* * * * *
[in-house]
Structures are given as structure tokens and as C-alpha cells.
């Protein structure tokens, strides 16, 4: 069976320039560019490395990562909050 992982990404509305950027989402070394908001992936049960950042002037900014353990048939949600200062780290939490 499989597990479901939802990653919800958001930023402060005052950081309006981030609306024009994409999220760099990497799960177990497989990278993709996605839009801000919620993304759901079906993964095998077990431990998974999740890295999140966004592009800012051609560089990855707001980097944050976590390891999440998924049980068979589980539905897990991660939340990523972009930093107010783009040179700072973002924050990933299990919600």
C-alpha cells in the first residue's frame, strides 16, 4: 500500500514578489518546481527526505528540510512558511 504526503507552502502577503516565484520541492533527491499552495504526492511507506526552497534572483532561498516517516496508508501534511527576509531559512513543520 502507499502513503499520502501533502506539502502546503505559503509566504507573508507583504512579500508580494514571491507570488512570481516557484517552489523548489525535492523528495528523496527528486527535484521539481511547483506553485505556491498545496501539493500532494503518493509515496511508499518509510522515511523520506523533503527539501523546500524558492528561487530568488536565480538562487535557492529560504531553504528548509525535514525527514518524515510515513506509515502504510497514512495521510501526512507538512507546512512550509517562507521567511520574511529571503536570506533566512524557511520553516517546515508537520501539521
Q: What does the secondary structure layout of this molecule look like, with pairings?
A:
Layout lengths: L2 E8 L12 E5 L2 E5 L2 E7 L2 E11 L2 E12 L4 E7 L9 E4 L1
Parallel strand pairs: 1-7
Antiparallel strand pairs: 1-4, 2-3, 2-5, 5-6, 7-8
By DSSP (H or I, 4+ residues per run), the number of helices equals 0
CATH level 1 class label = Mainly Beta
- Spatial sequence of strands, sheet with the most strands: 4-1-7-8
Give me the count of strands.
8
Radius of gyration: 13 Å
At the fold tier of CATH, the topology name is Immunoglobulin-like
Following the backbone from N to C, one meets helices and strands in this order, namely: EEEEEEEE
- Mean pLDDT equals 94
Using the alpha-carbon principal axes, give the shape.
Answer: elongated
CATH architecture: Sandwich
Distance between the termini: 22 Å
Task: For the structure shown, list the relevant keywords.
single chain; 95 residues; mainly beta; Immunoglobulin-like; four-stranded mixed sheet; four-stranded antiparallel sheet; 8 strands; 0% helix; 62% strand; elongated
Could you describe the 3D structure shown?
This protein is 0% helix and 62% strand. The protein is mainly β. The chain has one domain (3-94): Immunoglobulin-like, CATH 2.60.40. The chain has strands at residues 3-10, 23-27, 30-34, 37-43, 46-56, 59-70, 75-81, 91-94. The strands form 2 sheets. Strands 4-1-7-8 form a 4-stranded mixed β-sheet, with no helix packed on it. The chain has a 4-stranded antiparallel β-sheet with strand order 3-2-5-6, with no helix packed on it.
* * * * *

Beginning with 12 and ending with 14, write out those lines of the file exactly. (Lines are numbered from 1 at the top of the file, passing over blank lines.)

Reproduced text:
- Spatial sequence of strands, sheet with the most strands: 4-1-7-8
Give me the count of strands.
8